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Delivered at Shmoop University as the keynote lecture of the 10th Annual Pop Psychology Conference.
It's such a treat to have all of you here today just to indulge, er, listen to me talk about some of my favorite subjects, among them, me.
As you know, I rocked the post-war Parisian scene, am heir to Freud and rival to Jean-Paul Sartre (just in terms of popularity, of course—he was an existentialist, not a psychoanalyst), and am generally the most awesome headshrinker to have ever shrunk heads. So it would not be inaccurate to say that I am something like the Lindsay Lohan of psychoanalysis, causing scandal wherever I go and generally keeping cool about it. (How many people get kicked out of the organization they started—twice?)
I like to think of myself as "transgressive" because it just sounds so edgy and unacademic—and it works for Foucault, so why not me? Unlike Foucault, though, I don't have to participate in erotic romps in bathhouses to be considered transgressive. I'm just so hard-core to begin with that all it takes is a slight deviation from the psychoanalysis's standard operating procedure and people get real witch-hunty, real quick. But I can out-Freud those Freudians any day (and the Lacanians, too), and that bunch is as territorial as a pit bull in a junkyard.
But I digress.
The fact that I am clearly the cat's meow has stuck in a lot of people's teeth. Why? Well, for the real reason, we'll have go back a bit. See, everyone's panties are in a bunch because I didn't get on board with the student uprising of May 1968—I just went along my merry way like an unruffled dandy not minding the upheaval happening on the cobblestoned streets of Gay Paree. I think Sartre ruined things for the rest of us theorists cause people expected critics to be social activists—that dude had his problems, but I digress… again.
What I really came here to tell you people is that my status as a rock star derives from my work as a psychoanalyst—not from being a political voice. Who am I, Jesse Jackson? Those leftists are nothing but naïve—they want to hit the streets and effect change over night—like a four-year-old expecting to jump on a bike for the first time and ride off. This is a fantasy of political action.
Now other scholars don't like it when one of their own has the soapbox and doesn't use it for what they see as a good cause. That otherwise lovely critic Rosalind Krauss has gotten all hot and bothered lately, asking me if I think I can "have a political effect by describing subjectivity as constituted by an identificatory relationship with the image?" (source, p.259). Duh. Obviously not, but what she doesn't get is that I'm not terribly concerned with having a political effect in the first place. Can't you guys get that through your thick heads?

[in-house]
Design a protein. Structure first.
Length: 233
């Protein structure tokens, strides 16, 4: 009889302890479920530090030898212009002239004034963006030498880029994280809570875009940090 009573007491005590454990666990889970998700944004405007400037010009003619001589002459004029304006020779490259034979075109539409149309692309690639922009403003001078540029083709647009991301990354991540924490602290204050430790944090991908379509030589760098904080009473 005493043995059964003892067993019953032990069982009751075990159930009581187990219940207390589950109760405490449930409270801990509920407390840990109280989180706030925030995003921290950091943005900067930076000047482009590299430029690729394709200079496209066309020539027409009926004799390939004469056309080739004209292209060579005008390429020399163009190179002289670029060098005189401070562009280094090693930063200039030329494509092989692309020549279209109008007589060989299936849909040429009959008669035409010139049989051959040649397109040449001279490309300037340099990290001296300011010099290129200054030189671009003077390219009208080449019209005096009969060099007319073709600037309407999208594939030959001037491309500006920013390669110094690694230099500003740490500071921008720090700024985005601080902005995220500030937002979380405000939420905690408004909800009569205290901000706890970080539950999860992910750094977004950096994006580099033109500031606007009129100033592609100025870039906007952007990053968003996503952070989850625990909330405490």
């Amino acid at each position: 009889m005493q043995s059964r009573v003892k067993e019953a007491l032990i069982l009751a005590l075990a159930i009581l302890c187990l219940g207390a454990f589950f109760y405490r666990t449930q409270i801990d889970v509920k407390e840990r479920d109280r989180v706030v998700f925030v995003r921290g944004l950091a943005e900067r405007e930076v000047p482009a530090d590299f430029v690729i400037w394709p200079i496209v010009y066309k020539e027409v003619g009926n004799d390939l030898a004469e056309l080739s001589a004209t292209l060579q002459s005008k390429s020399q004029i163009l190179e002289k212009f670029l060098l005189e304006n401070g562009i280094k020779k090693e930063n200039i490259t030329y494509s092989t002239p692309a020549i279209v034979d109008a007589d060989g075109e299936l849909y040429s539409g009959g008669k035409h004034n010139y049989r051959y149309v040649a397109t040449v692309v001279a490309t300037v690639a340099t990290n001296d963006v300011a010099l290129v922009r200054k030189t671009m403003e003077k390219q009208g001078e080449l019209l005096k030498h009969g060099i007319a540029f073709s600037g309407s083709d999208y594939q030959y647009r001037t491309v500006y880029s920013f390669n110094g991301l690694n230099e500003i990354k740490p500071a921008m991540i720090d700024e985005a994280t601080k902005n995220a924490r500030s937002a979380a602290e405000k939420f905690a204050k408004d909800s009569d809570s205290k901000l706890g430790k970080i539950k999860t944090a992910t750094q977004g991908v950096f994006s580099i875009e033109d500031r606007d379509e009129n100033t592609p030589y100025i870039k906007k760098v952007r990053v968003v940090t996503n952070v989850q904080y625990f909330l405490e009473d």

Just as I was not interested in taking part in the events of May 1968, I am not one to get all cray cray about global capitalism, either. It's just not my thing. I'd rather impact individual people with my ideas, and through my mere presence and raw charisma (hello, rock star). And I'd like to point out that I'm never one to turn people away. My office is a veritable motley crew of freaks and fans, as one person described it: "The door at the rue de Lille was open to anyone and without appointment: to members and non-members, to analysands and the 'sick,' to robbers, thugs, psychotics, and the troubled" (source). Ladies and gentlemen, my point in quoting this arguably unflattering passage is that it shows how open minded a guy I am. I may be a celebrity, but I never forget the little people, just like a rock star never forgets his fans.
But I digress.
The larger point I am trying to make in this lecture is that, as a rock star, I am not responsible for anything other than my rockstar-ness. My image (or imago, image ideal, Ideal-I) should be enough, right. But it's not. I'm expected to offer critiques of everything from Mission Impossible to the capitalist system? Give me a break. As someone so often subjected to the gaze of others, I am naturally drawn to a theory of subjectivity based upon a specific reading of the gaze. Basically, I will never be what you all want me to be, which tells me more about you than it does about me. So there.
But I doubt you'll roll with me here. You're all just far too contrarian. So that leaves me to rely on my groupies, like the flamboyant and ever-sweating Slovene philosopher and cultural critic Slavoj Žižek. When it comes to Žižek, psychoanalysis, and mass media, I say go at it. I'm passing the torch. That way people get to see the incredible range of ways that my theories can be applied, but I don't have to sully my hands by giving the people what they want.
And giving you what you want is something I have no interest in. That's just not how rock stars behave. To that end, in lieu of questions, I will be accepting gifts or donations to the cause of psychoanalysis. Thank you very much.